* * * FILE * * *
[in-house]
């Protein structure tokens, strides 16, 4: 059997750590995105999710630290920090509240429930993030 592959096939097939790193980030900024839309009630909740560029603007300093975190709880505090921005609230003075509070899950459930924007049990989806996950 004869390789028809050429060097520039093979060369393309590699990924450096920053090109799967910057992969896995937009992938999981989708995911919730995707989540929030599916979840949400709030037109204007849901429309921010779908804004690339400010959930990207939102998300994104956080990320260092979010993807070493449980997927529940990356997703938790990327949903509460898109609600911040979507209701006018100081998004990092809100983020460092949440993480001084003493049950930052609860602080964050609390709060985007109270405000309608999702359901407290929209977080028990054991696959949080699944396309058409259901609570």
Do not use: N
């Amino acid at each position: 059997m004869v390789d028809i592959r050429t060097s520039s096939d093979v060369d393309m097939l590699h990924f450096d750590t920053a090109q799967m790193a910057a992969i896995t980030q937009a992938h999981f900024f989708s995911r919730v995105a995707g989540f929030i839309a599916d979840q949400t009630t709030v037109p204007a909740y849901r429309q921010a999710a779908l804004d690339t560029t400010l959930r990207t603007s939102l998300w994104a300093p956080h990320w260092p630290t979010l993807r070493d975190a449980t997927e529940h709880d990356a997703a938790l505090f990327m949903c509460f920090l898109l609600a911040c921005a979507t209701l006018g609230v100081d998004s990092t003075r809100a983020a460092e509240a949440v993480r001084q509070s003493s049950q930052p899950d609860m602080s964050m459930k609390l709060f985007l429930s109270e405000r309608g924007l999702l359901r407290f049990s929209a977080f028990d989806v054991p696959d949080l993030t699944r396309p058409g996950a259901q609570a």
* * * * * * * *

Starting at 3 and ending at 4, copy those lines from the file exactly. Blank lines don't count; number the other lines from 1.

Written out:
Do not use: N
């Amino acid at each position: 059997m004869v390789d028809i592959r050429t060097s520039s096939d093979v060369d393309m097939l590699h990924f450096d750590t920053a090109q799967m790193a910057a992969i896995t980030q937009a992938h999981f900024f989708s995911r919730v995105a995707g989540f929030i839309a599916d979840q949400t009630t709030v037109p204007a909740y849901r429309q921010a999710a779908l804004d690339t560029t400010l959930r990207t603007s939102l998300w994104a300093p956080h990320w260092p630290t979010l993807r070493d975190a449980t997927e529940h709880d990356a997703a938790l505090f990327m949903c509460f920090l898109l609600a911040c921005a979507t209701l006018g609230v100081d998004s990092t003075r809100a983020a460092e509240a949440v993480r001084q509070s003493s049950q930052p899950d609860m602080s964050m459930k609390l709060f985007l429930s109270e405000r309608g924007l999702l359901r407290f049990s929209a977080f028990d989806v054991p696959d949080l993030t699944r396309p058409g996950a259901q609570a």